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Looper: Movie Review image

Looper: Movie Review

Mark Hadley reviews a new time-travel movie, and says it raises some great questions you can ask your kids.

It doesn’t matter how far we project our lives into the future, we always seem to come back to the problems we face today. Looper, the latest in a long line of time-bending science fiction thrillers proves the point yet again.

Looper is the brainchild of writer-director Rian Johnson, the creator of the edgy high-school drama Brick and the con-men comedy The Brothers Bloom. In his latest outing, Johnson teams Bruce Willis and Joseph Gordon-Levitt as the same man separated by thirty years of crime.

Time travel is discovered in 2072 and almost immediately outlawed. Only criminal syndicates have the resources to access it from then on, and they use it to cleanly dispose of people who’ve become a problem. Rather than kill them in the present and risk prosecution, they send them back 30 years where they’re met by ‘Loopers’ – young men with shotguns who know how to make a body disappear. In 2044, Joe earns a comfortable living doing the mob’s dirty work, learning French on the side and hoarding his earnings, hoping for a new life. But his dream of escape teeters on the brink of disaster the day the mob sends back a target he recognizes as his older self.

As a sci-fi puzzle, Looper has as many hang-ups as your average time-travel tale, but that doesn’t stop it from being an enjoyable watch. There are some very clever ideas, like keeping future victims in line by threatening their past selves. Personally, I love watching the older Joe wonder at how he could ever have been so stupid, a sci-fi turn on the age old moral, ‘You can’t put old heads on young shoulders’.

But careful what you look for in Looper. Bruce Willis’ inclusion doesn’t make this a futuristic Die Hard. It’s more Inception than Total Recall, with lots of time for Gordon-Levitt to think through the exchange he’s being asked to make: sacrifice your future for the sake of a snug life now. And that conundrum is as real today as it is in Looper’s imaginary future.

Taking a long-term view of life

Joe is literally working in a job that will eventually kill him. But like many people in our present he can put off thinking about the consequences so long as the distractions are loud and colourful. Narrating his own story, he tells the audience: 

This job doesn’t tend to attract the most forward thinking people.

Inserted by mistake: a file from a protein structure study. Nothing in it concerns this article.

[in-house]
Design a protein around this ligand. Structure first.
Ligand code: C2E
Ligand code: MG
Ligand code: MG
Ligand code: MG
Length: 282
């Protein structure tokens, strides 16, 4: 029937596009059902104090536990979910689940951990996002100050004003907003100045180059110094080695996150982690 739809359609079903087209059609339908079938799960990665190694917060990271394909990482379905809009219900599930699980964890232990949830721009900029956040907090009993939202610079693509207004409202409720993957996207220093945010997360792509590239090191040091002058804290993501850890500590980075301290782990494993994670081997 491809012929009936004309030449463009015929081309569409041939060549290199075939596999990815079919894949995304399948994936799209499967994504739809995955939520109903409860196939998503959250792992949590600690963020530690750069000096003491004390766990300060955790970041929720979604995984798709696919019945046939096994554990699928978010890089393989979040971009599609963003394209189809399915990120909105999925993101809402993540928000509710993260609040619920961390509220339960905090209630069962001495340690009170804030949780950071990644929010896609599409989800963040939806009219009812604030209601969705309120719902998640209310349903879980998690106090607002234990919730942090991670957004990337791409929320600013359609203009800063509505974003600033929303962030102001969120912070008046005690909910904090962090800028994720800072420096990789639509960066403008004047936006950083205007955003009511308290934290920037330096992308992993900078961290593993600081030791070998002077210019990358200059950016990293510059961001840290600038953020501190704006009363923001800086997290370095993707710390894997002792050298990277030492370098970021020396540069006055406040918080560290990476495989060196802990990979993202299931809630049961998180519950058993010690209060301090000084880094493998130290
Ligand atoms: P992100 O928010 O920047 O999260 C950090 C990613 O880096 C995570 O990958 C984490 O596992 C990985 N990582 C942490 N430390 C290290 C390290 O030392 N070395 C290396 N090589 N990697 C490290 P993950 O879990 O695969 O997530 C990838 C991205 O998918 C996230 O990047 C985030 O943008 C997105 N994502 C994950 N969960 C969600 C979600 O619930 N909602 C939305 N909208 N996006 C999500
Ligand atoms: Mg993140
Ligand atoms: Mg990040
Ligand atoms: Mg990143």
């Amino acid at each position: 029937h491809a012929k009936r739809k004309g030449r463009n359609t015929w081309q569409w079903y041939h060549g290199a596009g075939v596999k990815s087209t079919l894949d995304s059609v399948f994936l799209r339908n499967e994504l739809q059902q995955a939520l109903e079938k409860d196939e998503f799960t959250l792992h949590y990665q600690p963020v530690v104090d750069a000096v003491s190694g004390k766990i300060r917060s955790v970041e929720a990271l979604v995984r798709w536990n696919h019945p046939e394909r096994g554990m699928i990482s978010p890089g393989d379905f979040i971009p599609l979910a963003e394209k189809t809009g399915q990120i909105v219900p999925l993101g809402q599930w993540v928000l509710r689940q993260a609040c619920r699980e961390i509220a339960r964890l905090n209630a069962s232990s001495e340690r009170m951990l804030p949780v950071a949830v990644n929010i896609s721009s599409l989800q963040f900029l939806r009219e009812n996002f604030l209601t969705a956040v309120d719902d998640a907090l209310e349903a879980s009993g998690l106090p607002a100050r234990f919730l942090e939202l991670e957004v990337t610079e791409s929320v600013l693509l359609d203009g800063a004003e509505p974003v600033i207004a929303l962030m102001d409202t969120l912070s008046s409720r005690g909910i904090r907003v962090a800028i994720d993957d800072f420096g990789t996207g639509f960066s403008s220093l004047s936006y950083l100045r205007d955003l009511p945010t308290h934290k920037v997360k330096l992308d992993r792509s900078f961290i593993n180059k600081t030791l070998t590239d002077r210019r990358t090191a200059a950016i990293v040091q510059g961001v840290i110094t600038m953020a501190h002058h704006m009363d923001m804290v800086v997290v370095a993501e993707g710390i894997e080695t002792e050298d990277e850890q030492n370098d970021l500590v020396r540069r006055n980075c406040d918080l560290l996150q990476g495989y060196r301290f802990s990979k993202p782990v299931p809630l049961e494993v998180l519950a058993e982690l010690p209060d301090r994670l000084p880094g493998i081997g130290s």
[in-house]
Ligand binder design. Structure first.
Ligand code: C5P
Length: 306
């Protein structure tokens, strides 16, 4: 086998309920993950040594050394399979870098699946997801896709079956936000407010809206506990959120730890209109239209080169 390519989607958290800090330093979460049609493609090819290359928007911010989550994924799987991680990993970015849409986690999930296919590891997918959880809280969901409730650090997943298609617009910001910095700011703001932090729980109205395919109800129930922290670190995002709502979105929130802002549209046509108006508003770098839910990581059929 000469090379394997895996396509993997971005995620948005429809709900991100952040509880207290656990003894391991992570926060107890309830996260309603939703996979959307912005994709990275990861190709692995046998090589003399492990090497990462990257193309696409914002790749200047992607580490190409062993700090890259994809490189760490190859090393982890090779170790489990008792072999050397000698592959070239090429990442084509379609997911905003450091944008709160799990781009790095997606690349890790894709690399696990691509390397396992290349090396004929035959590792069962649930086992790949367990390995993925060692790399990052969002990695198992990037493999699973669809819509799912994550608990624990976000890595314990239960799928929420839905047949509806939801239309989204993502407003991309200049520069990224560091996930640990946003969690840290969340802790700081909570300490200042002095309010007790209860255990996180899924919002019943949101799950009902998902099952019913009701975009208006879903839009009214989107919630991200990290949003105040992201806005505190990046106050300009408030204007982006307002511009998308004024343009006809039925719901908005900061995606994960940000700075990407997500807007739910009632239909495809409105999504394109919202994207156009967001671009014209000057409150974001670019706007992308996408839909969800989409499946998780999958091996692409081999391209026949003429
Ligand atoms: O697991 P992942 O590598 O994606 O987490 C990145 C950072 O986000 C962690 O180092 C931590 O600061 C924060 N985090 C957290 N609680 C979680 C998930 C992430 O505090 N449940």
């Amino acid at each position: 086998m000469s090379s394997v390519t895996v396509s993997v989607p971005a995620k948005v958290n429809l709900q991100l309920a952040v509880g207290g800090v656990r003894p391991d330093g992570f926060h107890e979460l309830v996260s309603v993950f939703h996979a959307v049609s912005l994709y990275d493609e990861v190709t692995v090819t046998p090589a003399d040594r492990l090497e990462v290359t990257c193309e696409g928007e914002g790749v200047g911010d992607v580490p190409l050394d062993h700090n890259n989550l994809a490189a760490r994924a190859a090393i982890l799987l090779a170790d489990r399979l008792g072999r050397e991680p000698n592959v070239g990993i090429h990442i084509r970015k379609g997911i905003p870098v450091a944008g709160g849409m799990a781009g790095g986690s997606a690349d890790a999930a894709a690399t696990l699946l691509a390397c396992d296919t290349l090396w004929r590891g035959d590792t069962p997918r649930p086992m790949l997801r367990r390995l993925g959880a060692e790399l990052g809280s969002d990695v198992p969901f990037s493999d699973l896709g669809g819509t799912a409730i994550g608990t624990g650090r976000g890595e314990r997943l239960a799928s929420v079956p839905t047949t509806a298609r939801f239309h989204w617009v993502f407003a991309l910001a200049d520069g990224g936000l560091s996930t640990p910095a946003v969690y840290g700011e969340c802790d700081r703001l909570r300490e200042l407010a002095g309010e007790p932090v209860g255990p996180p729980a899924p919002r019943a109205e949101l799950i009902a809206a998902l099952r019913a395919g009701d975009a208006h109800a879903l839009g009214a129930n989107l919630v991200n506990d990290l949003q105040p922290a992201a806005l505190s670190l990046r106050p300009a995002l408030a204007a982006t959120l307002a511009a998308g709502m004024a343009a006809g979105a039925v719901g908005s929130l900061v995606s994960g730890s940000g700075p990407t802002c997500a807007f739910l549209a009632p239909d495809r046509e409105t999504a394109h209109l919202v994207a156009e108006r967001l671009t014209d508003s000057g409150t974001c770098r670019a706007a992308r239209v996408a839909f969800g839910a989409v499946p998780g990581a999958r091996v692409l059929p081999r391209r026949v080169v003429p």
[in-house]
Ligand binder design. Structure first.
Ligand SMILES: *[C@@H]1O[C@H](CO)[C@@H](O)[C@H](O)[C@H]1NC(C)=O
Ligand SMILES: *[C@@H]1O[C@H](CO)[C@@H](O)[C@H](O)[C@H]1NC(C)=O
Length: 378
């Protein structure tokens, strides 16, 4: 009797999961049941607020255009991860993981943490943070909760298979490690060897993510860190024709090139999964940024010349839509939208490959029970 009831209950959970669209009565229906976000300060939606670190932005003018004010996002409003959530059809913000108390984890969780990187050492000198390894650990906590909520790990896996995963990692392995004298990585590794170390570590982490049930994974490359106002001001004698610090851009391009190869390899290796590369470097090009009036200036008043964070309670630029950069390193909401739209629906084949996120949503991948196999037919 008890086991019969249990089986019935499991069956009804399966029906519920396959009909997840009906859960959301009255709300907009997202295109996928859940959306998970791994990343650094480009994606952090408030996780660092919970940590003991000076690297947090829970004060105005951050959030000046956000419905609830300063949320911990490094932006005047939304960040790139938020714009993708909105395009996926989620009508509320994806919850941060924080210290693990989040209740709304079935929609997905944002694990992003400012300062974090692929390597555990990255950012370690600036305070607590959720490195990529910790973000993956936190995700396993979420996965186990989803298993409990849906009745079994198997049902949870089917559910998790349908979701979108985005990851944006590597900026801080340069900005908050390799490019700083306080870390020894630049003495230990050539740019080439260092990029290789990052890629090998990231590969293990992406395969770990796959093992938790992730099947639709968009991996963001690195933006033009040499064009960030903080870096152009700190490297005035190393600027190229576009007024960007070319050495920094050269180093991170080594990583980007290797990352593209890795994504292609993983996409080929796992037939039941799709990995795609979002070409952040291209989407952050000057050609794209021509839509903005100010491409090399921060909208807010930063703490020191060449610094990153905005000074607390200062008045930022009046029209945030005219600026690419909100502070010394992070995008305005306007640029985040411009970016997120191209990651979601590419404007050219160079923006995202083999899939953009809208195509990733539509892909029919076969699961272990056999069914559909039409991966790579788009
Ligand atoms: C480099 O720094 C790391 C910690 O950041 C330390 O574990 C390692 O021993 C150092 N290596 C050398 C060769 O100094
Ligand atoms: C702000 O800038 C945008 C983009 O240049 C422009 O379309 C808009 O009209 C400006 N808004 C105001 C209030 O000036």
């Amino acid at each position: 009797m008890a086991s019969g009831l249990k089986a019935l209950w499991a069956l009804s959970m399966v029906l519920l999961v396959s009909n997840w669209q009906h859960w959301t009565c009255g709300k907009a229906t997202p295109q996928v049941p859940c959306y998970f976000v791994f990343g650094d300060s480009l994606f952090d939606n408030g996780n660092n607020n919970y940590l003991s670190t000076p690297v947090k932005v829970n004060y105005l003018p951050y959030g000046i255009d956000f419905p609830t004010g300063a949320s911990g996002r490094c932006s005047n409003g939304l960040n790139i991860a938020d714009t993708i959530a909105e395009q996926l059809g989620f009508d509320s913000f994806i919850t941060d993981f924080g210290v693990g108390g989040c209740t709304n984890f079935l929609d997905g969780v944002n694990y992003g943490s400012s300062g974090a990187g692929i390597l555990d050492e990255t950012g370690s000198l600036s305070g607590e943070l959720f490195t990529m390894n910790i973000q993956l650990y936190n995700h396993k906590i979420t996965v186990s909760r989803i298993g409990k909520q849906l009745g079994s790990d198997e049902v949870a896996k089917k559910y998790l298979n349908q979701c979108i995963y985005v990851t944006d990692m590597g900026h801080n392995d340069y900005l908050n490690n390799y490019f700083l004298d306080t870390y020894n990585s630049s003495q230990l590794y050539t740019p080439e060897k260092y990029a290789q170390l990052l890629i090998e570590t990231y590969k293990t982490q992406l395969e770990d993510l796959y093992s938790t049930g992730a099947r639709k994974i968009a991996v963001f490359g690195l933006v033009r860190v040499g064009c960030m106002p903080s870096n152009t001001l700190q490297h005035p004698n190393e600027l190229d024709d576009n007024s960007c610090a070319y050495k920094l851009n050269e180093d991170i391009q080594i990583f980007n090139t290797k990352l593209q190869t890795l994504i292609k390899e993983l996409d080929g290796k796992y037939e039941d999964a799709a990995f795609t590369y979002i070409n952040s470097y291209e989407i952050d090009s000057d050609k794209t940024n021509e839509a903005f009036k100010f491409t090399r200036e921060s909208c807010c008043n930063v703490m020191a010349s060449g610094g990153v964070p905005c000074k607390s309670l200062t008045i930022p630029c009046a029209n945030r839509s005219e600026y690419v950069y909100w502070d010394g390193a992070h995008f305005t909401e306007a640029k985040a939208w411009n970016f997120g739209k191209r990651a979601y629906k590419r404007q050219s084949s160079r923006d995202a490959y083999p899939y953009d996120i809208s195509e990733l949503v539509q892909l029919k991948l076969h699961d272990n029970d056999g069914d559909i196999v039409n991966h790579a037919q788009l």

Bruce Willis' character tries to convince him that he actually has a future worth putting aside his present pleasures for, but his pleas fall on deaf ears. “This is my life now, I earned it,” Joe says as he strives to put the older man in a box. “So why don’t you do what old men do and die?” But Willis is motivated to stay alive, because somewhere in Joe’s future a woman has saved his life. His younger counterpart demands to know how and his question gives rise to closest thing Looper has to a spiritual moment:

This is your life now? Let’s look at your life. You’re murderer, a junkie and you have a job mentality. She’s going to save your life and you say how? The question is why?

I’ve met many young Australians who throw up similar objections to the salvation God offers. They use their unanswered questions as a reason to reject His grace. But the holes in their knowledge do nothing to reduce the value of God’s gift. They’re being offered a get-out-of-jail free card they know they don’t deserve, and their doubts are just a smokescreen. They realise their life is temporary and they know their pleasures will run out, but they haven’t run out yet. The trouble is the longer they delay, the closer their present comes to their future. One day they may discover, like Joe, that they only have room left for the most desperate decisions – but is God obliged to provide in the future what He already offers in the present?

Watching Looper with your kids

Looper is the sort of film I would recommend science-fiction mad dads to take their mature sons to – or daughters of course. There are the usual language and violence issues associated with an M rated film and one scene with a scantily clad woman that halts before it goes too far. The real advantages are the topics open for conversation on offer:

  • Why would someone spend their entire life doing a job they know is going to kill them?
  • Why is Older Joe impressed with the woman he meets in the future? Because she saves him, or because she saves him?
  • What’s so impressive about God saving us – like both Joes, we’ve done nothing to deserve it?

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